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      Tips to Prepare for College Admissions Process

      Tips to Prepare for College Admission Process

      Going away to college can be the most exciting time of your life, but preparing for it can be overwhelming. You have to choose where to go and how to pay for it, and at some point, you also have to choose a major. These can feel like momentous decisions, and it might help if you remind yourself that nothing is set in stone.

      If you choose a place that is genuinely the wrong fit, you can transfer. If you start out in a course of study that doesn’t suit you, you can change majors. These may be setbacks, but they are not the end of the world, and it can be helpful to keep in mind that career changes through adult life are common these days. Whatever you are doing in the first few years after you graduate, you might be doing something very different 10 or 20 years after that. Removing some of the decision-making pressure in this way can actually help you make a more considered choice.

      What Will You Study?

      Some people have known what career path to pursue since they were children while others won’t decide until after a couple of years of college. There are also people who head off to school with certainty about what they will study only to realize after a year or two that they want to go in a completely different direction. You don’t need to know what you want to major in before you start college, but if you have some idea, it can help you choose a school that suits you better.

      There are a few things you should balance when you are considering this. Your interests and ability are both important factors, but you should also consider the practicality of the major although this may not be as straightforward as you think. This does not mean you should avoid studying something that does not have a clear career path, like history or linguistics or philosophy. The so-called soft skills that you learn in these majors are valued by many employers. You may need to work harder to show that you have practical skills, such as trying to get internships or taking leadership positions. On the other hand, you may be drawn to a field that has a clearer career path, such as accounting or computer programming. Talk to your professors and advisor if you are unsure about what you want to study.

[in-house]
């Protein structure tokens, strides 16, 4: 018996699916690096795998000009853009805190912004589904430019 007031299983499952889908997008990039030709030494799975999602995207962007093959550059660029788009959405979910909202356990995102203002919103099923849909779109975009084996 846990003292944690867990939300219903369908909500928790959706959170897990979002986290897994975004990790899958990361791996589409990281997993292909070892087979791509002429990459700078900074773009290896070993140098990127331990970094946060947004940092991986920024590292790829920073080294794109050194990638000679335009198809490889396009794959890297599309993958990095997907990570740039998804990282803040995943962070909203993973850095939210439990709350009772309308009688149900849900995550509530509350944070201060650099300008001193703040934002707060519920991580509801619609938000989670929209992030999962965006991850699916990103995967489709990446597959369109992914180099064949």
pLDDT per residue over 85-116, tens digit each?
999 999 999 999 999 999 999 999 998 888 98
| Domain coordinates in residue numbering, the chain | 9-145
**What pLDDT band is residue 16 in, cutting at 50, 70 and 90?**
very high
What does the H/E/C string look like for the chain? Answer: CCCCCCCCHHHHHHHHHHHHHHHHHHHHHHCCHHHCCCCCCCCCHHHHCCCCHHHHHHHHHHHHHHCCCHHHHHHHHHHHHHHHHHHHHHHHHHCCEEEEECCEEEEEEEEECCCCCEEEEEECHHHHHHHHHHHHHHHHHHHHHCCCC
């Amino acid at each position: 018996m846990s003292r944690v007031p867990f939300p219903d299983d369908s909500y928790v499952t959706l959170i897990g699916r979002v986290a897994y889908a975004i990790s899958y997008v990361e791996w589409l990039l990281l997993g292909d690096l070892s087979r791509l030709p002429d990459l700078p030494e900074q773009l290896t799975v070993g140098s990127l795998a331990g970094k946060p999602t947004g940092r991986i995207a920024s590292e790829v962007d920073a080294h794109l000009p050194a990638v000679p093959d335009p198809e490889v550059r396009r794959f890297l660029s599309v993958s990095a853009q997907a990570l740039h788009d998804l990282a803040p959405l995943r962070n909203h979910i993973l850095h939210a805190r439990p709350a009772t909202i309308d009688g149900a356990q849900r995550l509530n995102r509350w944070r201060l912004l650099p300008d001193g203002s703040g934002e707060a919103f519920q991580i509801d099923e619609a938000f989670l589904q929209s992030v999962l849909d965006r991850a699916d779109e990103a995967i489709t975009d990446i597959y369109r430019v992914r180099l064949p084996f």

How to Pay?

      One of the biggest concerns for students can be how they will pay for a college education as tuition continues to rise. On top of that, there are the usual costs of living. Even if parents have been saving since their children were born, this might not be enough to cover all the costs. Scholarships, grants, loans, and working while in school might all help with expenses. Your first step may be completing the Free Application for Federal Student Aid. Once you know what kind of federal aid you are eligible for, you can determine what more you may need from private loans. You should pay attention to the interest rates offered, and you may need a parent or someone else to cosign on some loans. Banks, credit unions, and online lenders may all offer private student loans in order to invest in your future. It’s worth doing a lot of research on scholarships since there may be some with very specific requirements that apply only to you and a few other applicants. These might only offer small amounts, but they can add up, and other scholarships might cover your tuition much more. There may be other opportunities as well. For example, in some cases, an employer might pay some or all of your tuition.

      Choosing a School!

      The cost will probably be a factor in selecting where you go, but it should by no means be the only factor. You should look at a cost relative to what your income is likely to be after you graduate. However, you should also consider location, size, the specifics of the program that interests you, and the general culture of the school. Your experience may be very different depending on whether you attend a college located in the city, the suburbs or a rural area. Attending classes in huge lecture halls with hundreds of students is very different from having the same classmates over and over in small, intimate settings. For some people, having a large number of courses offered online might also be important.

      If you know what you want to major in, this can help you narrow down your choices significantly. Culture can be a bit more difficult to ascertain, but some schools are more social while others have a more academic focus. You might want an artsy campus or one that is career-oriented. One important element to consider is whether it is largely a commuter school or if students tend to live on or near campus. Visits are the best way to get a feel for the school, but these can be prohibitively expensive. In lieu of this, you can learn a lot from going online and asking current and former students about their experience. Another thing to look at is hard data. How many students graduate, and what kind of jobs do they go on to get? How many students are admitted proportionate to the number who apply? Most people like to apply to a few places, with at least one being safe and the other being a long shot dream school.

       

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      How to Create a Balanced College List

      Student Loans and Student Debt Refinancing

      Should State Colleges be Free to Counter Student Debt Crisis in the US?

       

      Note: This is a sponsored article!

      Author: Rao Purna

      I’m a Graduate, Currently working with Stoodnt as Marketing & Customer Support Executive. I’m into Digital Marketing, UX Designing, Visual Designing (Graphic designing, UI), Blogging and Video Editing. If you have any queries, drop a mail at purna.rao@stoodnt.com

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